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NOAA and partners launch buoy to track changing coastal chemistry in Chesapeake Bay
Monica Allen

NOAA and partners launch buoy to track changing coastal chemistry in Chesapeake Bay

NOAA and partners launched a new buoy this week at the mouth of Chesapeake Bay to monitor how increasing concentrations of atmospheric carbon dioxide and increase ocean acidification impact the bay and its valuable shellfish.

Carbon dioxide concentrations fluctuate greatly in the Chesapeake Bay, the nation’s largest estuary, which receives fresh water carried by more than 150 rivers and streams in the bay’s six-state watershed. In carbon dioxide-rich coastal waters, research has shown that young shellfish such as oysters can have difficulty growing and surviving.

A new buoy launched by NOAA and several partners is the first to monitor the changing chemistry of Chesapeake Bay caused by rising levels of atmospheric carbon dioxide. Ocean acidification could impact the growth and productivity of the bay's oysters, which are a $43 million fishery.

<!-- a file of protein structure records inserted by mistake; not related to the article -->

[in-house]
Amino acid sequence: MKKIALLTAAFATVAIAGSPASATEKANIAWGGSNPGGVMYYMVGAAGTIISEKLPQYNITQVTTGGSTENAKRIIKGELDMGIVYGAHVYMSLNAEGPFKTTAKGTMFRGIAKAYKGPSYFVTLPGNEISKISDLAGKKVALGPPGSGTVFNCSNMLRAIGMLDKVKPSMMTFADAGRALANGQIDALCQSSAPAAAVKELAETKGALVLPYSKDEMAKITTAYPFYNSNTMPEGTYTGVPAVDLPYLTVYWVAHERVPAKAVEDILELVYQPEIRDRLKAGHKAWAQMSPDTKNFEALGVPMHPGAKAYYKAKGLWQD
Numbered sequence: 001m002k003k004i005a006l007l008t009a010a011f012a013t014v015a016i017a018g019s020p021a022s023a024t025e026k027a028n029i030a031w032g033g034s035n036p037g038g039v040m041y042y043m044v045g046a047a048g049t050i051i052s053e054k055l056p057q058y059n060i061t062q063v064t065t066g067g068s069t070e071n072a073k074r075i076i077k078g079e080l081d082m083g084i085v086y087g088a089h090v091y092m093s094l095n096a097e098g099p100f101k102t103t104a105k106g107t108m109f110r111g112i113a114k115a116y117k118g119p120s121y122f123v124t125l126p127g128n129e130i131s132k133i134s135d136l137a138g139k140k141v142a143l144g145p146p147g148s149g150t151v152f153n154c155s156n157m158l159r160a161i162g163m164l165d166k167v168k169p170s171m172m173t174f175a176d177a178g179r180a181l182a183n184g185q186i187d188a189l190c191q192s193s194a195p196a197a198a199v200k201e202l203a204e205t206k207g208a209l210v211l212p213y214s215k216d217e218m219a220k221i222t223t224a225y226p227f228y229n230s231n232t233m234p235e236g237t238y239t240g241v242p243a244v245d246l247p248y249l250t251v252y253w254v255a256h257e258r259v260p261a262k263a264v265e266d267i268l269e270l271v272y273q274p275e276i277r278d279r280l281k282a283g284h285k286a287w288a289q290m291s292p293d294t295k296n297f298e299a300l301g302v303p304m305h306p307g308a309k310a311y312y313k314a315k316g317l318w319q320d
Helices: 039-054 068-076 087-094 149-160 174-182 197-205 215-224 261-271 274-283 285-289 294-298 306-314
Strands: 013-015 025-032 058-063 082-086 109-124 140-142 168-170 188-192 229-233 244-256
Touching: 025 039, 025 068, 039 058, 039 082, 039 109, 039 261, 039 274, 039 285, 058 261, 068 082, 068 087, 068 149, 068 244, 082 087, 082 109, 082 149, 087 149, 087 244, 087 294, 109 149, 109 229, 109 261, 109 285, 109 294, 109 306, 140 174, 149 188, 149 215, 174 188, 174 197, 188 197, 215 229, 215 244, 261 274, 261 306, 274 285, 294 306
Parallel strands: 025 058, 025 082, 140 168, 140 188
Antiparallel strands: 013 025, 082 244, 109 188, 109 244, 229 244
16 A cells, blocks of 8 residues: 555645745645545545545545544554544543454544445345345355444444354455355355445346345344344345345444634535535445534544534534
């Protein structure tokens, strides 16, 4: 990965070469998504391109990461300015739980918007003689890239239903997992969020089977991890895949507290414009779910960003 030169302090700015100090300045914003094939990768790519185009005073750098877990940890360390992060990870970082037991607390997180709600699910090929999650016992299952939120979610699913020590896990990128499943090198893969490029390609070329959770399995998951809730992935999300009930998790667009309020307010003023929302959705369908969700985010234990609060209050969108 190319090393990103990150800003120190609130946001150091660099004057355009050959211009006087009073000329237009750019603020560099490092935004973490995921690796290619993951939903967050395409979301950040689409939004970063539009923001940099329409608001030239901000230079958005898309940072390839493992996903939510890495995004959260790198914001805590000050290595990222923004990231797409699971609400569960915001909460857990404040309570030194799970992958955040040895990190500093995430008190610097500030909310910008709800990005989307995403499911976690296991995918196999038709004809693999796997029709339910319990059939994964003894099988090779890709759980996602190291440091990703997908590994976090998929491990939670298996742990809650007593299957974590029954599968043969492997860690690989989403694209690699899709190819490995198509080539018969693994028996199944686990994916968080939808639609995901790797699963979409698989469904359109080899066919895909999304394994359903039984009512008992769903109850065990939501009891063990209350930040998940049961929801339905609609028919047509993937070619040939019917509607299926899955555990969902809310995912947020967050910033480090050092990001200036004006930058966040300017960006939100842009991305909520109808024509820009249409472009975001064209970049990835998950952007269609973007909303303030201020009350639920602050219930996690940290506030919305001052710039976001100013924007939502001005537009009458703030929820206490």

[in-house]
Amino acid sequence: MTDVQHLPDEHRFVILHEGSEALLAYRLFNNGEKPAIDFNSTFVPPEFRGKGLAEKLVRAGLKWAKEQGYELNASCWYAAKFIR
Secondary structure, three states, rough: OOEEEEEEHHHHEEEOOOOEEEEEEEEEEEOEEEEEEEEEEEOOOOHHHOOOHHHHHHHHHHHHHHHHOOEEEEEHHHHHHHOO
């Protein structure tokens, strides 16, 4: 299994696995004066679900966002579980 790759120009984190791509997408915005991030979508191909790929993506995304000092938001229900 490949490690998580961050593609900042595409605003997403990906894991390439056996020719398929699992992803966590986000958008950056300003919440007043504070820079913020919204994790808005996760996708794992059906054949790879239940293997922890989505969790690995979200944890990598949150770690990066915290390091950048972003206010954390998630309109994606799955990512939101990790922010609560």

Measurements from sensors on the new buoy will help identify areas of the bay that may be particularly vulnerable to increased absorption of carbon dioxide from the atmosphere, known as ocean acidification. The sensors will also help boost our understanding of how large amounts of freshwater carrying fertilizer and other nutrients into the bay may exacerbate coastal acidification.

This is the first buoy measuring changes in ocean acidification in Chesapeake Bay.

“Although ocean or coastal acidification does not seem to be a primary concern for oyster aquaculture in this region right now, this newly deployed buoy will supply models with the needed information to recognize potential areas of vulnerability, now and in the future,” said Dr. Jeremy Testa, professor at University of Maryland Center for Environmental Science.

The goal of this partnership between NOAA Ocean Acidification Program (OAP), NOAA Pacific Marine Environmental Laboratory, U.S. IOOS Mid-Atlantic Regional Association Coastal Ocean Observing System, and the University of Delaware is to produce high quality data and models to monitor acidification in the Chesapeake Bay. The new buoy will be located beside the First Landing Chesapeake Bay Interpretive Buoy System site to maximize collaboration with existing research and observations.

For more information, contact Monica Allen with NOAA Communications at monica.allen@noaa.gov or 301-734-1123.

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